Effective Clinical Practice
Effective Clinical Practice, May/June 2000.
James Sargent, MD
For author affiliations, current addresses, and contributions, see end of text.
Irecently saw a professional couple with their 10-day-old, first-born infant in Saturday morning clinic. I immediately sensed that tension was high. The mother was having difficulty breast-feeding. She had spent an extra day in the hospital working on it and had already made several postpartum visits to the hospital lactation specialists. Although she was nursing frequently, her baby was just beginning to gain weight. Nursing was painful (her nipples were sore and cracked) and tiring (she hadn't had much sleep for the past 10 days). She had only 3 months with her baby before going back to work. She had anticipated enjoying that time, relaxing and getting to know her baby. It wasn't turning out that way. She was having second thoughts about breast-feeding.
In this issue of ecp, (1) Deshpande and Gazmararian address how we might encourage breast-feeding by providing better access to lactation support. Notably, only 1% of the women surveyed in this managed care sample reported access to breast-feeding support in the postpartum period, but those who did have these services were more likely to breast-feed. The authors note that mothers who took advantage of postpartum support may have had a stronger commitment to breast-feeding in the first place, which could have partially confounded the results. But it makes sense that better postpartum lactation support could increase the chances of success, especially in the 10% to 20% of women who have difficulty establishing lactation.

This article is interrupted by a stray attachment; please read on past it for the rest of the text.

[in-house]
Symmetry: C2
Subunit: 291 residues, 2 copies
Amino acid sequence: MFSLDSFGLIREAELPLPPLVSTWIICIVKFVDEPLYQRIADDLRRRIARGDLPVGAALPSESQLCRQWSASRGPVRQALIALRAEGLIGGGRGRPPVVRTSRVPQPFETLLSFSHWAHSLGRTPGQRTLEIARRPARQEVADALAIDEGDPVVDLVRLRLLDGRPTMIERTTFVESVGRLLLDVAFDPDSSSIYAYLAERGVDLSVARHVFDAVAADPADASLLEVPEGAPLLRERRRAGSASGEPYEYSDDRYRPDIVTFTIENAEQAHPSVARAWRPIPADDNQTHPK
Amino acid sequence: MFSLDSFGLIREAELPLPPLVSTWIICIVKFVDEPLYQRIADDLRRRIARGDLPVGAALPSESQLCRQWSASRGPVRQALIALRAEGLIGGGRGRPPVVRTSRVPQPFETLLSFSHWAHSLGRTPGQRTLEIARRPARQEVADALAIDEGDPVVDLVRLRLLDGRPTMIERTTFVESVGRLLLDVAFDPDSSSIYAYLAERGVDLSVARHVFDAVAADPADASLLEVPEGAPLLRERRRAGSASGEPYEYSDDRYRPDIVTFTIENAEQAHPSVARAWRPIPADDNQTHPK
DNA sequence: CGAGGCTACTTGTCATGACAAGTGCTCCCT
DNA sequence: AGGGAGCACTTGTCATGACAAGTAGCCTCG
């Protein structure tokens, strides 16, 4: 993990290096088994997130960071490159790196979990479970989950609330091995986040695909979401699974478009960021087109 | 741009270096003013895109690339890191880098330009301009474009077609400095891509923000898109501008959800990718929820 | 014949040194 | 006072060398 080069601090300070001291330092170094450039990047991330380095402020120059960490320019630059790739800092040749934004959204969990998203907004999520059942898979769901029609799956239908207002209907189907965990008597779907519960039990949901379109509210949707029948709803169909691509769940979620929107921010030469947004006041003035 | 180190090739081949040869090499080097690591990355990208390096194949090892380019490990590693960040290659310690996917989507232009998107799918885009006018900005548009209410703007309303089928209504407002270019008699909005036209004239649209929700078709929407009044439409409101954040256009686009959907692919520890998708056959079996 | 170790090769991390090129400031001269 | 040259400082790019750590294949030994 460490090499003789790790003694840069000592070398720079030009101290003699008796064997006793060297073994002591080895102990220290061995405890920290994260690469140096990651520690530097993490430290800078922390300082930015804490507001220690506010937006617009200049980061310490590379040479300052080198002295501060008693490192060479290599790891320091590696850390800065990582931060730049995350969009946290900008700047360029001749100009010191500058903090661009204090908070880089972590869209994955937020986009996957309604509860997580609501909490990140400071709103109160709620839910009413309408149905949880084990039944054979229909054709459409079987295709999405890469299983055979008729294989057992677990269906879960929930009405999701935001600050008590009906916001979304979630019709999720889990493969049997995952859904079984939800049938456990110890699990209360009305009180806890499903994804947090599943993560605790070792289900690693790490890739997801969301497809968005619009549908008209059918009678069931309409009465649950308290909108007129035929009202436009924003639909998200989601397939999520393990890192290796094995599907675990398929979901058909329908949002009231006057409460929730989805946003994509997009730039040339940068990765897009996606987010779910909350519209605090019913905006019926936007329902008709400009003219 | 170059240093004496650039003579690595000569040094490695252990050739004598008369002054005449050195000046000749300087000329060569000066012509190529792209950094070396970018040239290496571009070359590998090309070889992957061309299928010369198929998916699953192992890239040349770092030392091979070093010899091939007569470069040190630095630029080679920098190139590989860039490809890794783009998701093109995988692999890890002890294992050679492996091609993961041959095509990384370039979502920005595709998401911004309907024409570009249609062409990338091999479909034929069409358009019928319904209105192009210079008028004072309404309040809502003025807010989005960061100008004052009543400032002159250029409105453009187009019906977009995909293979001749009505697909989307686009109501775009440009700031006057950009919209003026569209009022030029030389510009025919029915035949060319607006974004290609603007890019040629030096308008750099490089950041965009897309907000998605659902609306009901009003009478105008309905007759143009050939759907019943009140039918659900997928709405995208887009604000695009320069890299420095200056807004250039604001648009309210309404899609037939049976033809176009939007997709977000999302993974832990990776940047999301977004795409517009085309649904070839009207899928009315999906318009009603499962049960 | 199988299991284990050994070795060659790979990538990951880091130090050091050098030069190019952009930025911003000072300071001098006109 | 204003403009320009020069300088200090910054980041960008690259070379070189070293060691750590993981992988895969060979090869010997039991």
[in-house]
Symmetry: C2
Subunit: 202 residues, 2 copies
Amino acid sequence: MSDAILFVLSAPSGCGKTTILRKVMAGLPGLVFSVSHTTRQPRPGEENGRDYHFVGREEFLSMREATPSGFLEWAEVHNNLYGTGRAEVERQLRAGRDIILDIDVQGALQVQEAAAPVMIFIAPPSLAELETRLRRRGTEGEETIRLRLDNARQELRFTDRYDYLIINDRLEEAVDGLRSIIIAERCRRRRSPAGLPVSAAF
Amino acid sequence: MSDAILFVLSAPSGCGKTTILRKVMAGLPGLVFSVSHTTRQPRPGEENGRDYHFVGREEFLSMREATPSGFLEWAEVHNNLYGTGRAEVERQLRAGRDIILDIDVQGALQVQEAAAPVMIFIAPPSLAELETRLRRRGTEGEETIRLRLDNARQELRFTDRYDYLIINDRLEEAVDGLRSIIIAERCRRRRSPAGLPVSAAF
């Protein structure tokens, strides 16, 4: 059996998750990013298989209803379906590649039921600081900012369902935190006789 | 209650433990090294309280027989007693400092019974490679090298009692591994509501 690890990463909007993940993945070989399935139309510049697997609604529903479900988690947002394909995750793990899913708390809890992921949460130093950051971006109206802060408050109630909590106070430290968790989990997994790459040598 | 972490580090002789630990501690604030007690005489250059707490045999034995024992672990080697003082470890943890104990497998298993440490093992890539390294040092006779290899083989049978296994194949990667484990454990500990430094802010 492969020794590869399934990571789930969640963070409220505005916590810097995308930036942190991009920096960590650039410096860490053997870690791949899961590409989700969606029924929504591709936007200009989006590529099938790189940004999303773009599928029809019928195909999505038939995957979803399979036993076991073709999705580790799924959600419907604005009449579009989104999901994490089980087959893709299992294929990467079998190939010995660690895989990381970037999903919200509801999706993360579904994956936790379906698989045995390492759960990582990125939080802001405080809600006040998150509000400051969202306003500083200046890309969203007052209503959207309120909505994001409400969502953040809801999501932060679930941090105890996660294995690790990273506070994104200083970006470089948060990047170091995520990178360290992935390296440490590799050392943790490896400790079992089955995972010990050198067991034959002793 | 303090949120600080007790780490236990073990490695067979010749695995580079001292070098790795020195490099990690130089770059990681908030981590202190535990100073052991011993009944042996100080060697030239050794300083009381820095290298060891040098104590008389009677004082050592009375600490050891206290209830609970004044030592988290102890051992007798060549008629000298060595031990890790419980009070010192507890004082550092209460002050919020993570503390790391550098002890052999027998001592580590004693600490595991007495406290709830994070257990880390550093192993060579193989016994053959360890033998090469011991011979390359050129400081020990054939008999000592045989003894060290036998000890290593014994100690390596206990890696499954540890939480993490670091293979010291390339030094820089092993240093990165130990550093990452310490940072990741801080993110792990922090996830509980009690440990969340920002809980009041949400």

But how strongly should we encourage breast-feeding? It turns out that my patient had been ambivalent about breast-feeding from the beginning. She was modest, and the exposure made her uncomfortable. She wondered if it was worth the effort, considering that she planned to stop as soon as she went back to work. But she was under the impression that there were large health benefits conferred to her baby by breast-feeding, even for a short time. Naturally, she didn't want to jeopardize her baby's health.
The presumption is, of course, that by stopping she would be. For developing nations, there is little question that the presumption is correct--failure to breast-feed dramatically increases infant mortality. (2) Much of the benefit of breast-feeding in those countries is due to reduced exposure to contaminated water sources. As shown in Table 1, a retrospective survey of 1262 Malayian women (3) demonstrated that the risk of bottle-feeding is modified by the degree of sanitation in the home. In the worst case, where neither a toilet nor running water were present in the home, the infant mortality rate (per 1000 births) in bottle-fed infants was 190 compared with only 37 for breast-fed infants. The protective effect of breast-feeding was smaller for those who lived in homes with a toilet and running water. Overall, breast-feeding prevented 61% of infant deaths in this study, demonstrating the importance of aggressive advocacy-based lactation-support programs in developing nations.